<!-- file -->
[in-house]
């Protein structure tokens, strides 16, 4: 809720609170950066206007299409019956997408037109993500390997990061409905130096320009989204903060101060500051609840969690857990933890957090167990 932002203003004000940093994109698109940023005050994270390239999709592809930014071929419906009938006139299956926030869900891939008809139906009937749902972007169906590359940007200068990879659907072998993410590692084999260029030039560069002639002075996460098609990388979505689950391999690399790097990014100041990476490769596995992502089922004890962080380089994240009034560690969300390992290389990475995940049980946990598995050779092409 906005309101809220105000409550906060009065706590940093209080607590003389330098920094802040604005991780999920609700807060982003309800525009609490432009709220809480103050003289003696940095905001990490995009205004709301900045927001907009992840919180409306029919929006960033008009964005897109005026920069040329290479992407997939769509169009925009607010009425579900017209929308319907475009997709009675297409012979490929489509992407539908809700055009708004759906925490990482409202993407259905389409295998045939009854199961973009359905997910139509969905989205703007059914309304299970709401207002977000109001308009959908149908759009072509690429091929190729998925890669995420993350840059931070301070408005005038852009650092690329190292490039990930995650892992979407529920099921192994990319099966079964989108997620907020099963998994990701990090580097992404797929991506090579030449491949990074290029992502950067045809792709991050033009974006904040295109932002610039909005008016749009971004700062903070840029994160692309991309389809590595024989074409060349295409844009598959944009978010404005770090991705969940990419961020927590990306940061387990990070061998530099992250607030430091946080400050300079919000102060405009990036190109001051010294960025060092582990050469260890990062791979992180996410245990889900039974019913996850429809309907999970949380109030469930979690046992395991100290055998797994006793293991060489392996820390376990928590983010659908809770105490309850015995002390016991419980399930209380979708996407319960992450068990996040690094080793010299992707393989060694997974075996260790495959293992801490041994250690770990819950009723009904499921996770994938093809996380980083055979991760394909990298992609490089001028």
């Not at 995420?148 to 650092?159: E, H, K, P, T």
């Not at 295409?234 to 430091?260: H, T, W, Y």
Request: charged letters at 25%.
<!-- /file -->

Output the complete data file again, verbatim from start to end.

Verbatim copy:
[in-house]
């Protein structure tokens, strides 16, 4: 809720609170950066206007299409019956997408037109993500390997990061409905130096320009989204903060101060500051609840969690857990933890957090167990 932002203003004000940093994109698109940023005050994270390239999709592809930014071929419906009938006139299956926030869900891939008809139906009937749902972007169906590359940007200068990879659907072998993410590692084999260029030039560069002639002075996460098609990388979505689950391999690399790097990014100041990476490769596995992502089922004890962080380089994240009034560690969300390992290389990475995940049980946990598995050779092409 906005309101809220105000409550906060009065706590940093209080607590003389330098920094802040604005991780999920609700807060982003309800525009609490432009709220809480103050003289003696940095905001990490995009205004709301900045927001907009992840919180409306029919929006960033008009964005897109005026920069040329290479992407997939769509169009925009607010009425579900017209929308319907475009997709009675297409012979490929489509992407539908809700055009708004759906925490990482409202993407259905389409295998045939009854199961973009359905997910139509969905989205703007059914309304299970709401207002977000109001308009959908149908759009072509690429091929190729998925890669995420993350840059931070301070408005005038852009650092690329190292490039990930995650892992979407529920099921192994990319099966079964989108997620907020099963998994990701990090580097992404797929991506090579030449491949990074290029992502950067045809792709991050033009974006904040295109932002610039909005008016749009971004700062903070840029994160692309991309389809590595024989074409060349295409844009598959944009978010404005770090991705969940990419961020927590990306940061387990990070061998530099992250607030430091946080400050300079919000102060405009990036190109001051010294960025060092582990050469260890990062791979992180996410245990889900039974019913996850429809309907999970949380109030469930979690046992395991100290055998797994006793293991060489392996820390376990928590983010659908809770105490309850015995002390016991419980399930209380979708996407319960992450068990996040690094080793010299992707393989060694997974075996260790495959293992801490041994250690770990819950009723009904499921996770994938093809996380980083055979991760394909990298992609490089001028």
């Not at 995420?148 to 650092?159: E, H, K, P, T």
């Not at 295409?234 to 430091?260: H, T, W, Y």
Request: charged letters at 25%.